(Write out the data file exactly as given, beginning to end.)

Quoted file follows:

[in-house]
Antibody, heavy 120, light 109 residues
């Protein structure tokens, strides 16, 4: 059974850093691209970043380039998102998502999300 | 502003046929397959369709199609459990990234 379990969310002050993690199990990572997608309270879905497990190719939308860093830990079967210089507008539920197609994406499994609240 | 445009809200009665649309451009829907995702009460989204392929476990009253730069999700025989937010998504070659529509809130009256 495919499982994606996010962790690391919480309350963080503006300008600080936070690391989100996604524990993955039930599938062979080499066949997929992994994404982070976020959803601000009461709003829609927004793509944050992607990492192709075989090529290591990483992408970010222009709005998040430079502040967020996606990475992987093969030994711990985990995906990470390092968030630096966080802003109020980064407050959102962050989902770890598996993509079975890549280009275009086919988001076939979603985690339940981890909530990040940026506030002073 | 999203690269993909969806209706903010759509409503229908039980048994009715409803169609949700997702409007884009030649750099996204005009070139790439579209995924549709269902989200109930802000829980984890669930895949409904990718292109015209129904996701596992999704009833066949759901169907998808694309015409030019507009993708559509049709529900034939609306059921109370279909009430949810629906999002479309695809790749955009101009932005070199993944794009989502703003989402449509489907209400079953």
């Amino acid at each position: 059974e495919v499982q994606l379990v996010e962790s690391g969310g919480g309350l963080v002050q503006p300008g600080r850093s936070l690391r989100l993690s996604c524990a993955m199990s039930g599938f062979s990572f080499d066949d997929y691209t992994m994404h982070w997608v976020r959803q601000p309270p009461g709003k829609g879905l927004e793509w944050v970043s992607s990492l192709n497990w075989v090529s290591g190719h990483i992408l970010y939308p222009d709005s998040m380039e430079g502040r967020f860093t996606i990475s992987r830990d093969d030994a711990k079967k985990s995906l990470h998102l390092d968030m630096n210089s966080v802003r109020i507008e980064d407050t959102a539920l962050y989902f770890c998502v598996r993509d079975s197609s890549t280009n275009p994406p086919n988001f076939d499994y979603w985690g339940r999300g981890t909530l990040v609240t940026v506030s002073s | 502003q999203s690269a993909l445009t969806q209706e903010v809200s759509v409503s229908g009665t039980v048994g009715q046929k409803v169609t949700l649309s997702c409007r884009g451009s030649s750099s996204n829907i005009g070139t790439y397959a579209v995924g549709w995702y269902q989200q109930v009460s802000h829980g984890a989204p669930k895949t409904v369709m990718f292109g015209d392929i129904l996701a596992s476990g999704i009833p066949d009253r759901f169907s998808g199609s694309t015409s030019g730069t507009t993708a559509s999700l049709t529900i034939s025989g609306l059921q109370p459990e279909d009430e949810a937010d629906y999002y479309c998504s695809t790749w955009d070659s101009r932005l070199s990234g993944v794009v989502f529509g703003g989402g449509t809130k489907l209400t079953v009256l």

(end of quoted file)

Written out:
[in-house]
Antibody, heavy 120, light 109 residues
């Protein structure tokens, strides 16, 4: 059974850093691209970043380039998102998502999300 | 502003046929397959369709199609459990990234 379990969310002050993690199990990572997608309270879905497990190719939308860093830990079967210089507008539920197609994406499994609240 | 445009809200009665649309451009829907995702009460989204392929476990009253730069999700025989937010998504070659529509809130009256 495919499982994606996010962790690391919480309350963080503006300008600080936070690391989100996604524990993955039930599938062979080499066949997929992994994404982070976020959803601000009461709003829609927004793509944050992607990492192709075989090529290591990483992408970010222009709005998040430079502040967020996606990475992987093969030994711990985990995906990470390092968030630096966080802003109020980064407050959102962050989902770890598996993509079975890549280009275009086919988001076939979603985690339940981890909530990040940026506030002073 | 999203690269993909969806209706903010759509409503229908039980048994009715409803169609949700997702409007884009030649750099996204005009070139790439579209995924549709269902989200109930802000829980984890669930895949409904990718292109015209129904996701596992999704009833066949759901169907998808694309015409030019507009993708559509049709529900034939609306059921109370279909009430949810629906999002479309695809790749955009101009932005070199993944794009989502703003989402449509489907209400079953």
């Amino acid at each position: 059974e495919v499982q994606l379990v996010e962790s690391g969310g919480g309350l963080v002050q503006p300008g600080r850093s936070l690391r989100l993690s996604c524990a993955m199990s039930g599938f062979s990572f080499d066949d997929y691209t992994m994404h982070w997608v976020r959803q601000p309270p009461g709003k829609g879905l927004e793509w944050v970043s992607s990492l192709n497990w075989v090529s290591g190719h990483i992408l970010y939308p222009d709005s998040m380039e430079g502040r967020f860093t996606i990475s992987r830990d093969d030994a711990k079967k985990s995906l990470h998102l390092d968030m630096n210089s966080v802003r109020i507008e980064d407050t959102a539920l962050y989902f770890c998502v598996r993509d079975s197609s890549t280009n275009p994406p086919n988001f076939d499994y979603w985690g339940r999300g981890t909530l990040v609240t940026v506030s002073s | 502003q999203s690269a993909l445009t969806q209706e903010v809200s759509v409503s229908g009665t039980v048994g009715q046929k409803v169609t949700l649309s997702c409007r884009g451009s030649s750099s996204n829907i005009g070139t790439y397959a579209v995924g549709w995702y269902q989200q109930v009460s802000h829980g984890a989204p669930k895949t409904v369709m990718f292109g015209d392929i129904l996701a596992s476990g999704i009833p066949d009253r759901f169907s998808g199609s694309t015409s030019g730069t507009t993708a559509s999700l049709t529900i034939s025989g609306l059921q109370p459990e279909d009430e949810a937010d629906y999002y479309c998504s695809t790749w955009d070659s101009r932005l070199s990234g993944v794009v989502f529509g703003g989402g449509t809130k489907l209400t079953v009256l």